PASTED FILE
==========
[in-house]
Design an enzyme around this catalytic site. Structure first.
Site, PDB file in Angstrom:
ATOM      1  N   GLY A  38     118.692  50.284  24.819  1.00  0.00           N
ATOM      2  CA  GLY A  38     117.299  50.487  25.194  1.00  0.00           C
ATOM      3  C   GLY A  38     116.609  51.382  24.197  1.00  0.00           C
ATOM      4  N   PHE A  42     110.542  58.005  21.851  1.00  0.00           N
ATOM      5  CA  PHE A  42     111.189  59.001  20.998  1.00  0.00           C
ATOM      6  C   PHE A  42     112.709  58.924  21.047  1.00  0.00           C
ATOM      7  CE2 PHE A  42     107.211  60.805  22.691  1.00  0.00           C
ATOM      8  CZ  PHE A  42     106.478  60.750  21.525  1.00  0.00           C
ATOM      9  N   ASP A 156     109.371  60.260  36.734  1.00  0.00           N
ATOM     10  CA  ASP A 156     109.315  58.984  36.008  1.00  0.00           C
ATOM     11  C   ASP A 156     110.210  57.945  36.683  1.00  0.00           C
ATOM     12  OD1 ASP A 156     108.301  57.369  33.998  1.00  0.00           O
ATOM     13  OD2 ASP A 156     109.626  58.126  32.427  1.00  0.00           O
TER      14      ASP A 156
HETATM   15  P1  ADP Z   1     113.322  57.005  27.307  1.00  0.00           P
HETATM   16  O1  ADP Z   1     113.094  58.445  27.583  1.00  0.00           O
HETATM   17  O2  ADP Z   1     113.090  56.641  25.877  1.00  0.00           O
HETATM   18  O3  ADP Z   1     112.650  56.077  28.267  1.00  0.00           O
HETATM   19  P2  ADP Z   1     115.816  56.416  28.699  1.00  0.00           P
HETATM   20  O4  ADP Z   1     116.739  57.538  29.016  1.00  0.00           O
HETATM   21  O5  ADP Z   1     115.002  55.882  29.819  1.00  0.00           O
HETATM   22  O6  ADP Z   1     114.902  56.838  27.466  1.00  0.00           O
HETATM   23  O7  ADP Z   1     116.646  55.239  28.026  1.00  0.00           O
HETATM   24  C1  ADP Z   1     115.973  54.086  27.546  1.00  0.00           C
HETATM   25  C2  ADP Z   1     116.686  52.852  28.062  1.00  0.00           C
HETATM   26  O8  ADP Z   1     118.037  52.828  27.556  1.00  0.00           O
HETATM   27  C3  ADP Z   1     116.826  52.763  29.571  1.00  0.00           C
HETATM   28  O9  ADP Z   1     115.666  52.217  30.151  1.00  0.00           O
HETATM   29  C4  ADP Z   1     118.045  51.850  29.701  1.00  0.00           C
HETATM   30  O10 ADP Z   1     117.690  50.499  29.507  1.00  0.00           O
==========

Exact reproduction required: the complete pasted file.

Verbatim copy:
[in-house]
Design an enzyme around this catalytic site. Structure first.
Site, PDB file in Angstrom:
ATOM      1  N   GLY A  38     118.692  50.284  24.819  1.00  0.00           N
ATOM      2  CA  GLY A  38     117.299  50.487  25.194  1.00  0.00           C
ATOM      3  C   GLY A  38     116.609  51.382  24.197  1.00  0.00           C
ATOM      4  N   PHE A  42     110.542  58.005  21.851  1.00  0.00           N
ATOM      5  CA  PHE A  42     111.189  59.001  20.998  1.00  0.00           C
ATOM      6  C   PHE A  42     112.709  58.924  21.047  1.00  0.00           C
ATOM      7  CE2 PHE A  42     107.211  60.805  22.691  1.00  0.00           C
ATOM      8  CZ  PHE A  42     106.478  60.750  21.525  1.00  0.00           C
ATOM      9  N   ASP A 156     109.371  60.260  36.734  1.00  0.00           N
ATOM     10  CA  ASP A 156     109.315  58.984  36.008  1.00  0.00           C
ATOM     11  C   ASP A 156     110.210  57.945  36.683  1.00  0.00           C
ATOM     12  OD1 ASP A 156     108.301  57.369  33.998  1.00  0.00           O
ATOM     13  OD2 ASP A 156     109.626  58.126  32.427  1.00  0.00           O
TER      14      ASP A 156
HETATM   15  P1  ADP Z   1     113.322  57.005  27.307  1.00  0.00           P
HETATM   16  O1  ADP Z   1     113.094  58.445  27.583  1.00  0.00           O
HETATM   17  O2  ADP Z   1     113.090  56.641  25.877  1.00  0.00           O
HETATM   18  O3  ADP Z   1     112.650  56.077  28.267  1.00  0.00           O
HETATM   19  P2  ADP Z   1     115.816  56.416  28.699  1.00  0.00           P
HETATM   20  O4  ADP Z   1     116.739  57.538  29.016  1.00  0.00           O
HETATM   21  O5  ADP Z   1     115.002  55.882  29.819  1.00  0.00           O
HETATM   22  O6  ADP Z   1     114.902  56.838  27.466  1.00  0.00           O
HETATM   23  O7  ADP Z   1     116.646  55.239  28.026  1.00  0.00           O
HETATM   24  C1  ADP Z   1     115.973  54.086  27.546  1.00  0.00           C
HETATM   25  C2  ADP Z   1     116.686  52.852  28.062  1.00  0.00           C
HETATM   26  O8  ADP Z   1     118.037  52.828  27.556  1.00  0.00           O
HETATM   27  C3  ADP Z   1     116.826  52.763  29.571  1.00  0.00           C
HETATM   28  O9  ADP Z   1     115.666  52.217  30.151  1.00  0.00           O
HETATM   29  C4  ADP Z   1     118.045  51.850  29.701  1.00  0.00           C
HETATM   30  O10 ADP Z   1     117.690  50.499  29.507  1.00  0.00           O